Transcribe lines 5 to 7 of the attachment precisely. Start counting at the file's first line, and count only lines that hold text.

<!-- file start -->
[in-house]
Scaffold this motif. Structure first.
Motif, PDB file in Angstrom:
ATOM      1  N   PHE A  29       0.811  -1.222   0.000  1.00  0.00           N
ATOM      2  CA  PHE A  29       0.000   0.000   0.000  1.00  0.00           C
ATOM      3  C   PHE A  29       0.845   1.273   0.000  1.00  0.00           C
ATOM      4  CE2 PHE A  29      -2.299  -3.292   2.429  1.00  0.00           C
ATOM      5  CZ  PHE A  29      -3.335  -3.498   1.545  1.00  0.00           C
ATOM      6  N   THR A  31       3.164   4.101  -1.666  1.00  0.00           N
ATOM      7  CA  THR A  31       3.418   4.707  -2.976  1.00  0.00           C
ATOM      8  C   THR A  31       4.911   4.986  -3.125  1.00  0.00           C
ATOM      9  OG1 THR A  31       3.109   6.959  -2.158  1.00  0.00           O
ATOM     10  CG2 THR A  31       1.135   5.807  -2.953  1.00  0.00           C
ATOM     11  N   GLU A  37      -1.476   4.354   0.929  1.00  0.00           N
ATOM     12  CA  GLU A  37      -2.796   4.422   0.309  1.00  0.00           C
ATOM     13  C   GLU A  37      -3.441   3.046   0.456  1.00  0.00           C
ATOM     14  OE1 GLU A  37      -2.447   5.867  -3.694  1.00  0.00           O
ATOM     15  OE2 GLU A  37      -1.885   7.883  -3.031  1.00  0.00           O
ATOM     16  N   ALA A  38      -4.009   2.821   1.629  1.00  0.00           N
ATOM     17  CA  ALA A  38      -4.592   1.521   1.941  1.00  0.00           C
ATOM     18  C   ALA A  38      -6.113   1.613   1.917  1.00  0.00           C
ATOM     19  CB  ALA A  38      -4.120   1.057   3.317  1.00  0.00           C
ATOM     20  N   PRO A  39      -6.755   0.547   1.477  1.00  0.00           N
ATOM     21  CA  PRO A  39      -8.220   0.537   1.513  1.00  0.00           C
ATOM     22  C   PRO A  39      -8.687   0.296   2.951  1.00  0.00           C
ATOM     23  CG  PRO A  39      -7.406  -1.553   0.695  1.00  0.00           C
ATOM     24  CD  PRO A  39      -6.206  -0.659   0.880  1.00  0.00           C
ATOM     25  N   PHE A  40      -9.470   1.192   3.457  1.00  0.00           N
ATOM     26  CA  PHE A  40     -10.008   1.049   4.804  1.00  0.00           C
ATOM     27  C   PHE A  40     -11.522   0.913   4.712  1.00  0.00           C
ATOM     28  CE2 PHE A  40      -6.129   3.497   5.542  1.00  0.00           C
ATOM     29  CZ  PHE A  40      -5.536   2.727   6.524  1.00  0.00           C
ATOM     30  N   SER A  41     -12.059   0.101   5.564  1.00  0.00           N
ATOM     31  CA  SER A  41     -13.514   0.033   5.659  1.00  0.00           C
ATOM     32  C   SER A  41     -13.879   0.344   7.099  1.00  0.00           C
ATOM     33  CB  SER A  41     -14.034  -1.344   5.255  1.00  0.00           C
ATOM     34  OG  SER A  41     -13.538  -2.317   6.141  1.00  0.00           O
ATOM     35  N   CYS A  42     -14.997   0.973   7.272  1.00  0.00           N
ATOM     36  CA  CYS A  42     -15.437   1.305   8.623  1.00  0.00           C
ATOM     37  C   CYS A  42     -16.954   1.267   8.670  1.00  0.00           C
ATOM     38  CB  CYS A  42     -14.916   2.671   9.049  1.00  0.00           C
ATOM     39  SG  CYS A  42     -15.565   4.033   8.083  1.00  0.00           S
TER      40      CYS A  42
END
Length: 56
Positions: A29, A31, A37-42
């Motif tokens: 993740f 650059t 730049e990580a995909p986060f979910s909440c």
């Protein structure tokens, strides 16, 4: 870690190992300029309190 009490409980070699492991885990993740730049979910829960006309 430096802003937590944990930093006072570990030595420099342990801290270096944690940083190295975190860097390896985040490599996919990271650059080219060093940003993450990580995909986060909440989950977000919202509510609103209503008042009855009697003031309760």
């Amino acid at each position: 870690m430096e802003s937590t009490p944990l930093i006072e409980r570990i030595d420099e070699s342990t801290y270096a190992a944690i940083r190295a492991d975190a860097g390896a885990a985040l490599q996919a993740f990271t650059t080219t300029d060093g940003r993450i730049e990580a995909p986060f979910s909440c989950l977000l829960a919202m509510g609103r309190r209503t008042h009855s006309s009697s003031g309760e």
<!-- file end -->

ATOM      2  CA  PHE A  29       0.000   0.000   0.000  1.00  0.00           C
ATOM      3  C   PHE A  29       0.845   1.273   0.000  1.00  0.00           C
ATOM      4  CE2 PHE A  29      -2.299  -3.292   2.429  1.00  0.00           C